If you are living in South Africa and your spouse overseas, you are able to institute divorce proceedings against your spouse through a South African. The same applies when you are a South African citizen that lives overseas and one spouse resides in South Africa. Also foreigners living in South Africa may approach a South African court to institute divorce proceedings. A South African court has jurisdiction where the parties or either of the parties are domiciled in the area of the court’s jurisdiction on the date on which the action is instituted or ordinarily resident in the area of jurisdiction of the court on the date on which the action is instituted or has been ordinarily resident in the Republic for a period of not less than one year immediately prior to that date. Domicile is a matter of choice and although a person might work overseas a South African court may still have jurisdiction to entertain the matter.
The person instituting the divorce proceedings are called the Plaintiff. Where the parties reached a settlement, only the Plaintiff appears in Court. So, if a Plaintiff works or lives overseas he/she will have to appear in a South African court once the matter is placed on the Court roll. The same applies if the Plaintiff resides in South Africa. It is not necessary for the Defendant to appear in court where the parties have reached a settlement and the divorce is uncontested.
Where a Defendant (the person against whom the divorce is instituted) lives in another country, a Plaintiff must first approach the court by way of what is known in law as an Edictal Citation application, a Defendant may direct in an appropriate way acceptance of the Summons at an address in South Africa. This affords permission to a Plaintiff to serve the divorce documents on a spouse living in a foreign country by way of local service.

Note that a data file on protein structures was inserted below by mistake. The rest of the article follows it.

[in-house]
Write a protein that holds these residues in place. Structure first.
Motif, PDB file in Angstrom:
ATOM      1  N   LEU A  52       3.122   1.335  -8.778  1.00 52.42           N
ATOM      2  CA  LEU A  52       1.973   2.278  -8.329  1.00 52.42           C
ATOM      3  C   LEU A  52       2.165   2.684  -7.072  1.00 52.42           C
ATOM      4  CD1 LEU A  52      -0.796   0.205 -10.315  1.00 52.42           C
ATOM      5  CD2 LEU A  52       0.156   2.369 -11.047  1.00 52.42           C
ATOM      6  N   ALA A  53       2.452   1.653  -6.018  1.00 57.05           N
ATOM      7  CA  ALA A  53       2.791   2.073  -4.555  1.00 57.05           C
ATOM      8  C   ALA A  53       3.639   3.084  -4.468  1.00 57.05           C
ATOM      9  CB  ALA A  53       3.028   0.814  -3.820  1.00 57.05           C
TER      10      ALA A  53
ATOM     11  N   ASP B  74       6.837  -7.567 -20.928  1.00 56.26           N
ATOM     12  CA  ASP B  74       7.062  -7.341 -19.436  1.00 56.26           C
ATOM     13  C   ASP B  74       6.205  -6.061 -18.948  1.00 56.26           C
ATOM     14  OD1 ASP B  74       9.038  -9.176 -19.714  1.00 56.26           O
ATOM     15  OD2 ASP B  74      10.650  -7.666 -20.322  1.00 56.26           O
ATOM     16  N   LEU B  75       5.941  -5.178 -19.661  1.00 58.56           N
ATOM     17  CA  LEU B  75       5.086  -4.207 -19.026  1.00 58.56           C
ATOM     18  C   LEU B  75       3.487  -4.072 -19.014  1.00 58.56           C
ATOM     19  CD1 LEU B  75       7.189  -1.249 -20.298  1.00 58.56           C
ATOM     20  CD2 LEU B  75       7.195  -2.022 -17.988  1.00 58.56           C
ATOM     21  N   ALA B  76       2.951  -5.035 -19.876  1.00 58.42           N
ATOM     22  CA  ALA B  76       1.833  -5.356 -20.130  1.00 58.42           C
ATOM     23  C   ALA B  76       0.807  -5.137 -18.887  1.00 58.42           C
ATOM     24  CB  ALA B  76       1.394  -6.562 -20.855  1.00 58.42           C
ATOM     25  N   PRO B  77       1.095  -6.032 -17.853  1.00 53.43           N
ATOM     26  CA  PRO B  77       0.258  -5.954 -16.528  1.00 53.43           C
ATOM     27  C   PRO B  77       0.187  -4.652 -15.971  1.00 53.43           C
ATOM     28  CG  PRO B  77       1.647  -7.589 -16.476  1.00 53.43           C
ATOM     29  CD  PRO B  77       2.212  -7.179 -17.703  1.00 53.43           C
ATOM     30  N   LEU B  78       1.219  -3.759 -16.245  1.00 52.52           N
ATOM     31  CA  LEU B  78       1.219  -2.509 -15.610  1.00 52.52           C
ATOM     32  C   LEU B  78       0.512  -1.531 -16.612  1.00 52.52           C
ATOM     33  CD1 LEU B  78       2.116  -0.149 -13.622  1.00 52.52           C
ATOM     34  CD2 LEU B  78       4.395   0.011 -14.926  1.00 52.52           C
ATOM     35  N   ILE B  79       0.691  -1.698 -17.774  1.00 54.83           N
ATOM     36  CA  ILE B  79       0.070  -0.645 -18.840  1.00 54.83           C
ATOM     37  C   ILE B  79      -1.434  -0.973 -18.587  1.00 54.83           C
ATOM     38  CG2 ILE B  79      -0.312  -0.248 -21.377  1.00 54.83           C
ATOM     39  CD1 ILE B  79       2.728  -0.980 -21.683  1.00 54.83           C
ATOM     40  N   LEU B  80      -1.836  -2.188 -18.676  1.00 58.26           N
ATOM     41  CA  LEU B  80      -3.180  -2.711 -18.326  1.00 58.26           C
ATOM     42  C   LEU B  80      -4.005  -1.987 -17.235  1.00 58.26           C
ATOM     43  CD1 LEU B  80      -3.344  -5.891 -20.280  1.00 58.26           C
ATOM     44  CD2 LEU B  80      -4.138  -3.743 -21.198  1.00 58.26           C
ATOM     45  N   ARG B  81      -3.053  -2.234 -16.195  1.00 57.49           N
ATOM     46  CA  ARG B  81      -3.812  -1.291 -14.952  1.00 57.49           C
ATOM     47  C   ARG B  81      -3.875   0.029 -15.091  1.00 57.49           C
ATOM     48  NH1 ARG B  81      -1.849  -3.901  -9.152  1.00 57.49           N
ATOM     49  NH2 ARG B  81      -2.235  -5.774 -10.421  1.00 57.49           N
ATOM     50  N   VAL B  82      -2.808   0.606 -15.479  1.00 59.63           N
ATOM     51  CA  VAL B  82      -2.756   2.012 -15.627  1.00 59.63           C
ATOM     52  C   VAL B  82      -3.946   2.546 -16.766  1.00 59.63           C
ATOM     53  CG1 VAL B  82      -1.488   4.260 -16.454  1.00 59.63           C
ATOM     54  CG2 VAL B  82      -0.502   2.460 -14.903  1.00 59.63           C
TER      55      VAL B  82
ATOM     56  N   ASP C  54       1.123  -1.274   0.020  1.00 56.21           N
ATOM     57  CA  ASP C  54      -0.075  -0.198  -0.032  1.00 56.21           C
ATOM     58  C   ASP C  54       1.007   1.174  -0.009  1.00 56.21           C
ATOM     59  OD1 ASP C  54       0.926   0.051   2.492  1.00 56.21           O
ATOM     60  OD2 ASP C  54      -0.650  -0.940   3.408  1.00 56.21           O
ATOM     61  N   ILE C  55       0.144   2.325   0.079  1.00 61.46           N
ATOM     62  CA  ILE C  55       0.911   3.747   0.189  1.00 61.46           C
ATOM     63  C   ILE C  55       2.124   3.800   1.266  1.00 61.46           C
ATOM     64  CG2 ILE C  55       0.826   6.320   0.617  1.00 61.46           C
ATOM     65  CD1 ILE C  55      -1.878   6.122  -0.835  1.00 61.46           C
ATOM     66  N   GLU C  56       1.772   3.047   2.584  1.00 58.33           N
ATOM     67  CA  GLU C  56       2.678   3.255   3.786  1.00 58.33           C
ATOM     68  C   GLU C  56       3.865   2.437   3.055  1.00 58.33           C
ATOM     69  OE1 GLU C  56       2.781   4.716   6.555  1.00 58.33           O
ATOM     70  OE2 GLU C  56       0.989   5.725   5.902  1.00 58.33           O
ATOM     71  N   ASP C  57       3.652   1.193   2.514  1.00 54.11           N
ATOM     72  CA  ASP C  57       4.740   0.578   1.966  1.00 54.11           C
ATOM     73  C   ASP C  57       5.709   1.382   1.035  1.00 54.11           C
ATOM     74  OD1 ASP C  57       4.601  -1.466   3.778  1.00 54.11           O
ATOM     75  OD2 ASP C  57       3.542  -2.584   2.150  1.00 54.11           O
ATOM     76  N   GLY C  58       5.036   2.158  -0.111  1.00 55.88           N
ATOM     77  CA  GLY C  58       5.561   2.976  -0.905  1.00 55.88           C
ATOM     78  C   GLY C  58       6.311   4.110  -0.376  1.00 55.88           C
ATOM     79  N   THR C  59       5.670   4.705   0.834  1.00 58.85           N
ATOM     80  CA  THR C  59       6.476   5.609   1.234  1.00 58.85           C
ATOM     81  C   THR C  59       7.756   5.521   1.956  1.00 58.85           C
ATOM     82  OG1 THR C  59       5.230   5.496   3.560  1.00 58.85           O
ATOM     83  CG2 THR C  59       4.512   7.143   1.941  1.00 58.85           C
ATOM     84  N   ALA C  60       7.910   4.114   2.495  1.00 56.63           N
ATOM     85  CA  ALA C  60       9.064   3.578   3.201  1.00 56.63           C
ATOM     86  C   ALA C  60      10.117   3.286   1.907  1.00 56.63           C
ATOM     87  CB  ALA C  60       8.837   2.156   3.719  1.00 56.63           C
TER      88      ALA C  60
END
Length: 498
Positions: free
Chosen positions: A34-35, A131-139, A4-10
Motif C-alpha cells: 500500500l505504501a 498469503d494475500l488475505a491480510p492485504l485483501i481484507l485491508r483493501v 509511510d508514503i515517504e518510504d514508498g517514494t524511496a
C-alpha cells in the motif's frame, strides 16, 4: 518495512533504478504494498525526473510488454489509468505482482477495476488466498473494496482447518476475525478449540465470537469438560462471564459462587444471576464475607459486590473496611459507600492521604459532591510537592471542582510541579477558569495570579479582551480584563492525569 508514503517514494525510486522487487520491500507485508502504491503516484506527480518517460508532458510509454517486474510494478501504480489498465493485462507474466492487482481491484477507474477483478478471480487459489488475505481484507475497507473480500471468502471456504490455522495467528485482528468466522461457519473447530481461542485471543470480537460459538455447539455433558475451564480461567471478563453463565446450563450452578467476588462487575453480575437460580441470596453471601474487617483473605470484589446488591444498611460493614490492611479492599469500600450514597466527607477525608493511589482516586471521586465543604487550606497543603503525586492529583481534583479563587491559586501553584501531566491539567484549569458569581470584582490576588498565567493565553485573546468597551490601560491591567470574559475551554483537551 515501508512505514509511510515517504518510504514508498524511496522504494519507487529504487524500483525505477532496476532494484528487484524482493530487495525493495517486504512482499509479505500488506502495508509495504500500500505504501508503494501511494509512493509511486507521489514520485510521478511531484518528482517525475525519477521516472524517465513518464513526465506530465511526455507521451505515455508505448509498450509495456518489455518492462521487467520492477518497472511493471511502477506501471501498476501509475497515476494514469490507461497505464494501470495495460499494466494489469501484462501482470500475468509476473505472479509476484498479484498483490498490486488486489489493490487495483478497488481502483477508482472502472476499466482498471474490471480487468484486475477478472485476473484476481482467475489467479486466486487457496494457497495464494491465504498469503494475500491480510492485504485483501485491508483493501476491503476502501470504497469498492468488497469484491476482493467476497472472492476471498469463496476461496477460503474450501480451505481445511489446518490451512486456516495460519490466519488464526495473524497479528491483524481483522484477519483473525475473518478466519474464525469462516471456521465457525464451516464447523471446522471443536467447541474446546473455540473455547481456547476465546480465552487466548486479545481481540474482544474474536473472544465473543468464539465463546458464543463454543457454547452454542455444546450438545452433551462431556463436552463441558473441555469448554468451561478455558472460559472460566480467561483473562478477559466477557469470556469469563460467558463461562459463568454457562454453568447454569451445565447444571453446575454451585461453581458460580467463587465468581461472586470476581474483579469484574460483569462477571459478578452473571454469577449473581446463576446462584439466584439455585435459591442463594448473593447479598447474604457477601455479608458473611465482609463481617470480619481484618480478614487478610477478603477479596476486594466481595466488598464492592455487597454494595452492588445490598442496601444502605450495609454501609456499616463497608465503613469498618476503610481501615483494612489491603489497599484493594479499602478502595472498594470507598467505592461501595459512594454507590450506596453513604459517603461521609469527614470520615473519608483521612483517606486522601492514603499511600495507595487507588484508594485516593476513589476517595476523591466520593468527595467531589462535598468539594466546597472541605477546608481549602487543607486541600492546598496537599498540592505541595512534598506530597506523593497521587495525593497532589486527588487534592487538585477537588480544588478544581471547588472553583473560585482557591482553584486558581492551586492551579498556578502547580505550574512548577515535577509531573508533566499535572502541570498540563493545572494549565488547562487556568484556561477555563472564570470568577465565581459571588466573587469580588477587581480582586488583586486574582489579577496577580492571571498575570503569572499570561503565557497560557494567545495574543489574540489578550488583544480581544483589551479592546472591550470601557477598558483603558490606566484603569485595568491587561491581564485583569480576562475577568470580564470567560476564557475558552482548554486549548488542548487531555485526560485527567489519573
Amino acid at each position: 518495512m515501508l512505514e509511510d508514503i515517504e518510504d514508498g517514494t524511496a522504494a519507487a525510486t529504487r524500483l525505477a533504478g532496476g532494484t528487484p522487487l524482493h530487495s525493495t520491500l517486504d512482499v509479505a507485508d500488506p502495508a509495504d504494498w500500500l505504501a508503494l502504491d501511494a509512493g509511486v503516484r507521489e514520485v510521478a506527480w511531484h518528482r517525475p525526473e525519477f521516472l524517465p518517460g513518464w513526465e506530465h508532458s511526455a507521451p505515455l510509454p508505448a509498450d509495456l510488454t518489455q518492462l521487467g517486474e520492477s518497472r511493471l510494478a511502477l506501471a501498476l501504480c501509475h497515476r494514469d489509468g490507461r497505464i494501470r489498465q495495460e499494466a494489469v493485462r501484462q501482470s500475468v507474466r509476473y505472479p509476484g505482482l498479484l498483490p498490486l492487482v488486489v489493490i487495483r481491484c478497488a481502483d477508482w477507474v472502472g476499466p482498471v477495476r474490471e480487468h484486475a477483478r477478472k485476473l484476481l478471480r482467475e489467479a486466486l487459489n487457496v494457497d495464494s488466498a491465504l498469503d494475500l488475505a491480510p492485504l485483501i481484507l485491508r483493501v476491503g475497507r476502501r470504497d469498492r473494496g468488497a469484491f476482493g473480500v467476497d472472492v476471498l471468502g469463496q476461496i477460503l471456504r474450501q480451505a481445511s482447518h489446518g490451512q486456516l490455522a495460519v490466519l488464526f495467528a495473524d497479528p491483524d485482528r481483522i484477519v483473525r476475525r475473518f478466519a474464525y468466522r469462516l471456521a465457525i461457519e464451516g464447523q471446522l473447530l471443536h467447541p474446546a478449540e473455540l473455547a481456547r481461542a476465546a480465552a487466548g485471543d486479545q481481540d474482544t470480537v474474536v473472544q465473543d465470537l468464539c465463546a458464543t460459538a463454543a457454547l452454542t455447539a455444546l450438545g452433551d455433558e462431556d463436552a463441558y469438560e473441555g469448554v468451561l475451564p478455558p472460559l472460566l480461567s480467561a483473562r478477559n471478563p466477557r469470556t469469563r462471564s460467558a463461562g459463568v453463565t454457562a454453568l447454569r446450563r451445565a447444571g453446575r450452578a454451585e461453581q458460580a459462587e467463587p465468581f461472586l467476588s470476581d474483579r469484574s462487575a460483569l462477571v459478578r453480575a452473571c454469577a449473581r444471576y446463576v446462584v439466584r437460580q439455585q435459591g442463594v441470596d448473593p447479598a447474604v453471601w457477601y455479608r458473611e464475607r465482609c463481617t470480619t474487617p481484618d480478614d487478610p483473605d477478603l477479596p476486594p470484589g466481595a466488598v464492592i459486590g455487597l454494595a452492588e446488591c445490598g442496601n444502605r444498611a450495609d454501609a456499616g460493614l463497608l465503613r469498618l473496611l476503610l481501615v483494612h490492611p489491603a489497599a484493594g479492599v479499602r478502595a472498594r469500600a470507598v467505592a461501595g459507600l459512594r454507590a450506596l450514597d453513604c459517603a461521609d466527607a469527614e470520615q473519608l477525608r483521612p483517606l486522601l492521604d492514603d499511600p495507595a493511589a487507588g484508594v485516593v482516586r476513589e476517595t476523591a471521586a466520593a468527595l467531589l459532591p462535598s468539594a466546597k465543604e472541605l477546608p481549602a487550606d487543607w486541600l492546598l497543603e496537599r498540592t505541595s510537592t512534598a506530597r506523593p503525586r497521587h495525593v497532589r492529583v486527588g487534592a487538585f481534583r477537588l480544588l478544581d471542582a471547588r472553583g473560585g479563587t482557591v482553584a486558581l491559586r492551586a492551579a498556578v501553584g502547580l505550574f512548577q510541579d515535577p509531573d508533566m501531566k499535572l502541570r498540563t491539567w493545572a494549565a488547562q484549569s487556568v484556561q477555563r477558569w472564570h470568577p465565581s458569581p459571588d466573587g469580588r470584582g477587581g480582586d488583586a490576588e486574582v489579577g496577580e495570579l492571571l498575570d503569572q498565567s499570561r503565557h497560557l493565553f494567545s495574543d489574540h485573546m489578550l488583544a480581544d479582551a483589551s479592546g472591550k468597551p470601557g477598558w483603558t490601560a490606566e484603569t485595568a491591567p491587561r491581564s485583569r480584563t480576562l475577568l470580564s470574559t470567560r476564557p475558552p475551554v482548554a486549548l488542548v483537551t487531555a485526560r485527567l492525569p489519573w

The proprietary consequences of a marriage are governed by the lex domicilii matrimonii, that is the laws of the place where the husband was domiciled when the marriage was concluded. The law of the husband’s domicile at the time of the marriage governs the matrimonial property regime of the spouses even if the husband subsequently acquires a new domicile.
If for example the husband was domiciled in England at the time of the marriage and no Antenuptial contract was entered into in South Africa, the marriage will be out of community and in terms of English law. Should the parties later emigrate to SA, the marriage would remain out of community of property. Thus in a contested divorce where the husband was domiciled in England at the time of the marriage, a South African court is obliged to apply English law in respect of the patrimonial consequences of the divorce, i.e the division of the estate. Maintenance however and the aspects surrounding the children, like maintenance, care and contact will be dealt with in terms of South African law.
We have been dealing with numerous international divorce matters in South Africa matters concerning South African citizens and has acted in matters for South Africans living in countries such as Australia, United Kingdom, USA, Indonesia, The United Emirates, Germany, New Zeeland, Namibia to mention but a few and have been able to finalise some of these matter in as little as three weeks.
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